Wow! It feels strange to be writing in my blog again after so long. I notice I still have an audience and people are regularly looking at my old posts, so I decided I should pull myself out of my reverie and start posting again. The Weekly Photo Challenge had been my main prompt for posting and upon its demise I lost some of my enthusiasm. I also started a new site for my business ‘Perth Emmett and Healing Therapies‘, although I haven’t done many posts on that either!
When I look back to why I started my blog, it was to write. The photos were almost a cop-out, even though they perhaps took almost as much time to take, choose and prepare as the writing did. I still have lots of political rants in me, many photos and thoughts from my more recent travels, and some gentler more exploratory words I’d like to write.
So here’s a little taster …
Reverie or Sleeping Buddha?
Siem Reap, Cambodia
I think I first became aware of this new ‘sport’ earlier this year. What a brilliant idea to combine jogging with tidying up our environment. In Sweden, plogging (the Swedish “plocka”, to pick up, and jogging) became a more organised activity a couple of years ago and more recently, with people’s greater awareness of the plastics problem around the world, so too has the movement spread to other countries.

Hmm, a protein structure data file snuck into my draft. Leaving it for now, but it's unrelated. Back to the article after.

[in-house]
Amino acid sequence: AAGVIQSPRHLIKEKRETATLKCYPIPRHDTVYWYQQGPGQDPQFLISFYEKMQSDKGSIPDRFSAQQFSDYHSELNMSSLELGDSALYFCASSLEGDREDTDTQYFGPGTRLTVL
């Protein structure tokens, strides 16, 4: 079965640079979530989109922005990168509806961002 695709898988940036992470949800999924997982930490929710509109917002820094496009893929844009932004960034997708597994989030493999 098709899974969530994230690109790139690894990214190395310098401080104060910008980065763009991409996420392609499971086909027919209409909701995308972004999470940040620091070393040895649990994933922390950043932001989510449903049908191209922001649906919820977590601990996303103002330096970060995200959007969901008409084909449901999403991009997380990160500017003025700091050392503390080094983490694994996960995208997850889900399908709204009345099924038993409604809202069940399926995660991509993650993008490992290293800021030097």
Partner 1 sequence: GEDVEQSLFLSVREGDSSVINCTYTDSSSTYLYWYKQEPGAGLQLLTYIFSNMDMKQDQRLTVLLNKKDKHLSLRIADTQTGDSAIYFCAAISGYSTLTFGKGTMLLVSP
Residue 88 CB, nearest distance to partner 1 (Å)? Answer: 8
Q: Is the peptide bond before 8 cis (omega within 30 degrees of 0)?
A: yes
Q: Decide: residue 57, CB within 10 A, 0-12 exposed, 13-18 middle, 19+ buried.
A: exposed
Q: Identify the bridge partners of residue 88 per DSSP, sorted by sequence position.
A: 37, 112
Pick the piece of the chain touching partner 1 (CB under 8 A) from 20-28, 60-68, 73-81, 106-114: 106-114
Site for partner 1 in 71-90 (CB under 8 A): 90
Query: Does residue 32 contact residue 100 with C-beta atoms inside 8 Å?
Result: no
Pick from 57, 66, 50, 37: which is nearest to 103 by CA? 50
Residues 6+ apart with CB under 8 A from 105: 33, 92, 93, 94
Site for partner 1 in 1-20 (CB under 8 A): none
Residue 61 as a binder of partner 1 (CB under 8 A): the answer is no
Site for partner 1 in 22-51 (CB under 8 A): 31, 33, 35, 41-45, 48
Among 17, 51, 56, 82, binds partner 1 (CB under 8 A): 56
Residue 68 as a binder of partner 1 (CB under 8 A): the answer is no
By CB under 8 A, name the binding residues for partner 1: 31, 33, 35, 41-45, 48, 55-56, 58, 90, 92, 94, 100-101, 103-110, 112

I already pick up plastics as I walk on the beach every day, albeit with more of a stoop than any ‘gym-like’ movement. I’m no longer a jogger and despite having enthusiastically decided I was going to get fit enough for a Park Run a few months ago, my few days of short runs resulted in my physio telling me running might not be what my body needed nowadays. But walking with a few squats and lunges would surely be okay.
So a few weeks ago I started my new regime. On an empty windswept beach my dog sniffed around in the flotsam and jetsam while I slowed down our regular walking speed to fit in some strengthening exercises. Rather than being random, I decided to attribute different exercises to different pieces of plastic. A piece of nylon rope or string would be three squats, small fragments of plastic would be alternating lunges and other items such as sunglasses could be a slow stoop-like stretch of the hamstrings or a squat if the item was heavier, such as a lobster pot.
I’m not sure if this trend will take off in Western Australia. I have had a few bemused glances from other beach goers, few and far between in winter, and becoming more numerous now the temperature is warming up for summer. Perhaps if I could get some fellow dog-walkers to participate my antics might not seem quite so bizarre? After all, I’m not exactly plogging, it’s more a case of plolking – ‘plocka’ to pick up, and walking.
Singapore is a juxtaposition of old and new, concrete and gardens, hot humidity and freezing aircon…
The kids I work with that come from refugee backgrounds have my full admiration. They are a delight to teach and show strength, flexibility, bravery, enthusiasm and the ability to embrace the country and people that has offered them this chance of a new life.